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Cowboy, conservationist, and curator Martin S. Garretson was widely considered one of the foremost experts on the natural history of the buffalo as well as one of the preeminent advocates for the preservation of the North American bison for several decades during the early twentieth century. His personal mission to save the buffalo from imminent extinction and to inform the American public of the important role the buffalo played in North American history resulted in Garretson amassing a fascinating collection of material related to the bison and the people concerned with them and their fate. Edmonton's first historian laureate Ken Tingley explores Garretson's life and legacy through his collection in this splendid catalogue, which accompanied a 2012 exhibition of the Garretson Collection. The exhibition was mounted by the Bruce Peel Special Collections Library at Enterprise Square in downtown Edmonton, Alberta.
Ken Tingley, the City of Edmonton’s first historian laureate, has been involved in historical research and writing for forty years. Ken’s family moved from Moncton, New Brunswick, to Royalties, Alberta, in 1955, then to Edmonton in 1956. He has a deep interest in local history and the ephemera that so often expresses that history. His numerous publications include Alberta Remembers: Recalling Our Rural Roots, with Karen Brownlee; A is Alberta: A Centennial Alphabet, with R.F.M. McInnis; The Heart of the City, for Cloverdale Community League; The Path of Duty: The Wartime Letters of Alwyn Bramley-Moore, for the Historical Society of Alberta; and The Strathcona Dream, for the Old Strathcona Foundation.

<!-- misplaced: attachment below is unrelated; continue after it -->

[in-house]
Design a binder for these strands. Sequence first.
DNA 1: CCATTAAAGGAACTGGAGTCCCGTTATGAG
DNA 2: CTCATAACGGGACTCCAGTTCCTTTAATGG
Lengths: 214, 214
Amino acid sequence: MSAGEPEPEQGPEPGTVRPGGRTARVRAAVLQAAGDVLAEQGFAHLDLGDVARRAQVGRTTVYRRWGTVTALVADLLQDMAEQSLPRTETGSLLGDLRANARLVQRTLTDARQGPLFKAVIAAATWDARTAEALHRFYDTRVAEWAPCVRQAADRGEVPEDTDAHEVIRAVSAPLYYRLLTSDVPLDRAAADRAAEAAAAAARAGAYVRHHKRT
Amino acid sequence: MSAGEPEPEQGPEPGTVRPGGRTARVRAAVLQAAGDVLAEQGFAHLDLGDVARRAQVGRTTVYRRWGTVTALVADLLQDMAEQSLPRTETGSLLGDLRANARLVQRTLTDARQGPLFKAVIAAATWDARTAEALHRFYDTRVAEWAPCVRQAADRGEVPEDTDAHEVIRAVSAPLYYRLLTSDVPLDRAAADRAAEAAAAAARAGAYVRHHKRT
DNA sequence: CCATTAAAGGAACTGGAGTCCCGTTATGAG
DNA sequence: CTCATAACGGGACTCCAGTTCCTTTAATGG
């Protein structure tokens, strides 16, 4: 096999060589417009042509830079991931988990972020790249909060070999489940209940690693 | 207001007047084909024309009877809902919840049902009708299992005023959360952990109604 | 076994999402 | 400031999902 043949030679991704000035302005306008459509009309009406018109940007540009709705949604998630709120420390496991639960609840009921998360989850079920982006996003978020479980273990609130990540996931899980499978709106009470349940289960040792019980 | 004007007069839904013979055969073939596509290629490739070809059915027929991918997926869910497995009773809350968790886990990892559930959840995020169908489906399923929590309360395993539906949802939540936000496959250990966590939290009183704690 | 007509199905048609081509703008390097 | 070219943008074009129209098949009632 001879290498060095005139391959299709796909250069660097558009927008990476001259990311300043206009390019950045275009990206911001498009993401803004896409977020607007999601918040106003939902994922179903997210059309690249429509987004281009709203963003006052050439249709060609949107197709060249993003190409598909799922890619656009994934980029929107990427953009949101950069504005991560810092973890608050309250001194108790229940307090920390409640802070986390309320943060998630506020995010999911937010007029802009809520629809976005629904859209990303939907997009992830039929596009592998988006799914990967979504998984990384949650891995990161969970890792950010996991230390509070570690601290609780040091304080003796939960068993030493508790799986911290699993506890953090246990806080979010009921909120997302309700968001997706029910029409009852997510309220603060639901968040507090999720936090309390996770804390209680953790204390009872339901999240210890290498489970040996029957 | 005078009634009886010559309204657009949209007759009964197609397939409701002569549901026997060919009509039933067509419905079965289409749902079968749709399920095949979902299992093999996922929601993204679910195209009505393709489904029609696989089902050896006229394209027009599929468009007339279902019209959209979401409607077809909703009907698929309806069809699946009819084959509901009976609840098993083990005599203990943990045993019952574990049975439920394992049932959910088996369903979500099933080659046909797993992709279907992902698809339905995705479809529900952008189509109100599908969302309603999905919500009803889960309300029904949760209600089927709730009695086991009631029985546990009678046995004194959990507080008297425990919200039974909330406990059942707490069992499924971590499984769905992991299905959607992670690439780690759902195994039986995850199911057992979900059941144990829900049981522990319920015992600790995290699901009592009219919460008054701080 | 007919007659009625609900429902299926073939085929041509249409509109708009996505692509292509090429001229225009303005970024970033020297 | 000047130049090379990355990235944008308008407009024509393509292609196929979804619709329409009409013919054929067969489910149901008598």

Dr. Merrill Distad, Associate University Librarian (Research and Special Collections Services) and University Archivist, University of Alberta, is the co-editor of Peel’s Bibliography of the Canadian Prairies to 1953 (Toronto, 2003) and the author, most recently, of The University of Alberta Library: The First Hundred Years, 1908-2008 (Edmonton, 2009). He has been employed at the University of Alberta since 1987.